The central question was therefore whether the franchisor, following the literal reading of the goodwill clause in the franchise agreement, rightly reduced the goodwill fee by the aforementioned amount and whether or not (as the former franchisee argues) a different interpretation of the goodwill clause should be applied. to be given.

The court first of all explicitly considered that although on the basis of the so-called Haviltex standard, the interpretation of a written agreement should not take place solely on the basis of the linguistic meaning of the wording in which it is stated, in practical terms the linguistic meaning that these wording are often of great importance in the interpretation of that writing. The court ruled that the text of the goodwill clause in the franchise agreement is clear and does not provide any concrete basis for the (former) franchisee’s claim that the goodwill clause only applies in the event of transfer to a third party. Subsequently, the court considers that there could nevertheless be reason to use the wording of the goodwill clause in the franchise agreement that should not be misunderstood if the (former) franchisee were to substantiate, and if necessary, prove that, in view of all concrete circumstances, the wording of the goodwill clause has a different meaning. The court deems the (former) franchisee’s argument that the goodwill clause was intended as an anti-speculation clause insufficient for this purpose. The court therefore came to the conclusion that the pure linguistic meaning of the goodwill clause is decisive and that therefore the franchisor had rightly reduced the goodwill payment by the amount of NLG 1,250,000 as stated in the goodwill clause.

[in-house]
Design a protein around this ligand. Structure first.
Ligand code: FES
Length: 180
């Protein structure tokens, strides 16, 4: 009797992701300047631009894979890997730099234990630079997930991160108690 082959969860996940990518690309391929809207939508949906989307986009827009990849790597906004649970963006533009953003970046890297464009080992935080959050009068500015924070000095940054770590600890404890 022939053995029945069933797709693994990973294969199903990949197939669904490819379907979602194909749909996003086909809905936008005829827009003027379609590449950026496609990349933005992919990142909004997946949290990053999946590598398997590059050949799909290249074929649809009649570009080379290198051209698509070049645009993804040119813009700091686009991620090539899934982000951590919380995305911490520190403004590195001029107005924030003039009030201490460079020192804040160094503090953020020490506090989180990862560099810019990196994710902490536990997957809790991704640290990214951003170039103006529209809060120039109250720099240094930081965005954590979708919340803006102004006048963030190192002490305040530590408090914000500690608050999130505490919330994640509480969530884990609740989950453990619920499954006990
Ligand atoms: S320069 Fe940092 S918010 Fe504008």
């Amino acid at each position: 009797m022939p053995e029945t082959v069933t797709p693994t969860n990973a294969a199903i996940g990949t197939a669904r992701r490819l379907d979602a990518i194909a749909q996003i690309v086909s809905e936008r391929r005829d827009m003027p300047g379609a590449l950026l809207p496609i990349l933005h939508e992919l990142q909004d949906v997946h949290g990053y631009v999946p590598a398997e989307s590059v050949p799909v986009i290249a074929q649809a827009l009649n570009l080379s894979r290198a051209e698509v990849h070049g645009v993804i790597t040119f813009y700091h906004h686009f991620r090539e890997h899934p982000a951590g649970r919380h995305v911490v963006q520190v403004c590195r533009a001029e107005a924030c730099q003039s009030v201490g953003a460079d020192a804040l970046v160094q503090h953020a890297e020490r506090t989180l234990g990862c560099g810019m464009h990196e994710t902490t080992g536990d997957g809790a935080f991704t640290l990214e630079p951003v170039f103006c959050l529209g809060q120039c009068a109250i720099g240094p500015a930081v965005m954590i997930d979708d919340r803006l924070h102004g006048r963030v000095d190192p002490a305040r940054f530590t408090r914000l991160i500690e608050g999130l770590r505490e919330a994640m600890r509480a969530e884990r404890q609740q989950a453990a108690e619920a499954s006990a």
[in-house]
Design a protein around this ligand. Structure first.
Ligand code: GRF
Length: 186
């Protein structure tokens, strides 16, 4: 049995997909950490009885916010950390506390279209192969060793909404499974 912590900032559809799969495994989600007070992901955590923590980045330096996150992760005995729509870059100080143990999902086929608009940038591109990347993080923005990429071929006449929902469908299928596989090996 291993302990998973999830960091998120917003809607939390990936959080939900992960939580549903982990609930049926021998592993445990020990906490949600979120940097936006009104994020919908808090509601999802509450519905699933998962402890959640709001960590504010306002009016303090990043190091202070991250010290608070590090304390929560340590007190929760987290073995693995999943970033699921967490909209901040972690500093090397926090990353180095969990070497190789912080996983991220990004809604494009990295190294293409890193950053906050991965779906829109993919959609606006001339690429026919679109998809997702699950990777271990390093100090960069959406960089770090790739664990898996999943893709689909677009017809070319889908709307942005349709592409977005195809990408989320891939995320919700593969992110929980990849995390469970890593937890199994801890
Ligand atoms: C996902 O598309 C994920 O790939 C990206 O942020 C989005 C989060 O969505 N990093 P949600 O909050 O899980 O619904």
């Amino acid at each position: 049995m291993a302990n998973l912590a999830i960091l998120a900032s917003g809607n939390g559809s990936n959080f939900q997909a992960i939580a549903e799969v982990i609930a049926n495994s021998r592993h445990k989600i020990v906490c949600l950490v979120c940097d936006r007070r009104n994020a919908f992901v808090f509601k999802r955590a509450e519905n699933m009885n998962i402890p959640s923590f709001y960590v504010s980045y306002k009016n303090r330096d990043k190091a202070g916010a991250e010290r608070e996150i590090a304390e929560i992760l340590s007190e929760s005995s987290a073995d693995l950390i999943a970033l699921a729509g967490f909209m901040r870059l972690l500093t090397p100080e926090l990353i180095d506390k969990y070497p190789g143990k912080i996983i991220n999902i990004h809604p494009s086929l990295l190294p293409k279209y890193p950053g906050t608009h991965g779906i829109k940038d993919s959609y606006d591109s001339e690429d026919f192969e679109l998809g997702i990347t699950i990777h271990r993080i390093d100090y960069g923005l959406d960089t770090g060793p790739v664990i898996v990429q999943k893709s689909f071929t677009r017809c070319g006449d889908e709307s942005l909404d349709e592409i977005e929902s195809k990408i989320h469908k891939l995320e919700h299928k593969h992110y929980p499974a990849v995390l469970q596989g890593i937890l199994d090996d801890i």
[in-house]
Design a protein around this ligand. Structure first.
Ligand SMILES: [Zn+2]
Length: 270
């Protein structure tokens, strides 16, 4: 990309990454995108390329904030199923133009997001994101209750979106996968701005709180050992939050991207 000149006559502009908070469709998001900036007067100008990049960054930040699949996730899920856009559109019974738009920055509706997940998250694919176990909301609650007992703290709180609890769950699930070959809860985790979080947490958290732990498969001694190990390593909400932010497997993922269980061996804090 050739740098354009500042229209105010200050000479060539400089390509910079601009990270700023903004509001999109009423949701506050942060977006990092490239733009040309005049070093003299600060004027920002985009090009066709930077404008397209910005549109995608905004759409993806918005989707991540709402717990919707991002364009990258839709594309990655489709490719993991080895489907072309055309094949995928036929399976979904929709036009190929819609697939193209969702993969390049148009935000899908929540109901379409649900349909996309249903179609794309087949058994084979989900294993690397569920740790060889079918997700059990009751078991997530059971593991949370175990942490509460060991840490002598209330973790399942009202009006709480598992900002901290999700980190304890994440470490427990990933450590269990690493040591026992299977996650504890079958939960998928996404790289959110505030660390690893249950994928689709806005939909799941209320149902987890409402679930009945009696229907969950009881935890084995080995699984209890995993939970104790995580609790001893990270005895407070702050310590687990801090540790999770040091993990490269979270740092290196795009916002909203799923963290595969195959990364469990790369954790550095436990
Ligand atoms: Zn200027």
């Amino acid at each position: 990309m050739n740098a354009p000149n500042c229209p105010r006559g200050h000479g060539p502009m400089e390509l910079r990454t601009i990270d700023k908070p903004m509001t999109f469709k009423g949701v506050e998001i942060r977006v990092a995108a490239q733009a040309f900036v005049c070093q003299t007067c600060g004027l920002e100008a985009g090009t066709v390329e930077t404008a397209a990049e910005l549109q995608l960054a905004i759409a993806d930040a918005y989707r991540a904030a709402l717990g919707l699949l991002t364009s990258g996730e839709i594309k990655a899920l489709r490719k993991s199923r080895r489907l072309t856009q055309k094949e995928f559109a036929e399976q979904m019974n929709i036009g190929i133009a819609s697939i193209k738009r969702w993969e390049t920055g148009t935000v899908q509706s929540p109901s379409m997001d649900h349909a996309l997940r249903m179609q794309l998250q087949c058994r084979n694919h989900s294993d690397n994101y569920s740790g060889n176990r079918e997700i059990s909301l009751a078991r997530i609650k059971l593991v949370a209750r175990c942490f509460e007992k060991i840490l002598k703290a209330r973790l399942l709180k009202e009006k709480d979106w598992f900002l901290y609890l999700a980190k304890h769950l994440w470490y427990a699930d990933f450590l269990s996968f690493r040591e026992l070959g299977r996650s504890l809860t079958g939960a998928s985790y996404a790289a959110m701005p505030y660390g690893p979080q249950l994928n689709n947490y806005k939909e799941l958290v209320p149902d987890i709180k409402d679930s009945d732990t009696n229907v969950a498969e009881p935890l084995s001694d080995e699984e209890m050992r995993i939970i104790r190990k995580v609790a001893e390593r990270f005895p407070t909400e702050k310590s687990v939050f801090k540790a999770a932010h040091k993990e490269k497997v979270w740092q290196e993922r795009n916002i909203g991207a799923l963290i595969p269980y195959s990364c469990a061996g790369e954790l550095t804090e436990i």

This ruling by the Court of Arnhem once again underlines the importance of clearly formulating the clauses in a franchise agreement, whereby one should be aware of any possible deviating interpretations of those clauses when drafting them. Even if a franchisor and a franchisee wish to make arrangements that deviate from the franchise agreement, it is important to carefully record this in writing. After all, it is more pleasant to work together if the agreements are clear to both parties, not to mention the considerable damage that the parties can suffer if agreements are not properly recorded. It goes without saying that Ludwig & Van Dam, attorneys, are happy to assist you in recording the agreements you intend to make.

Ludwig & Van Dam franchise attorneys, franchise legal advice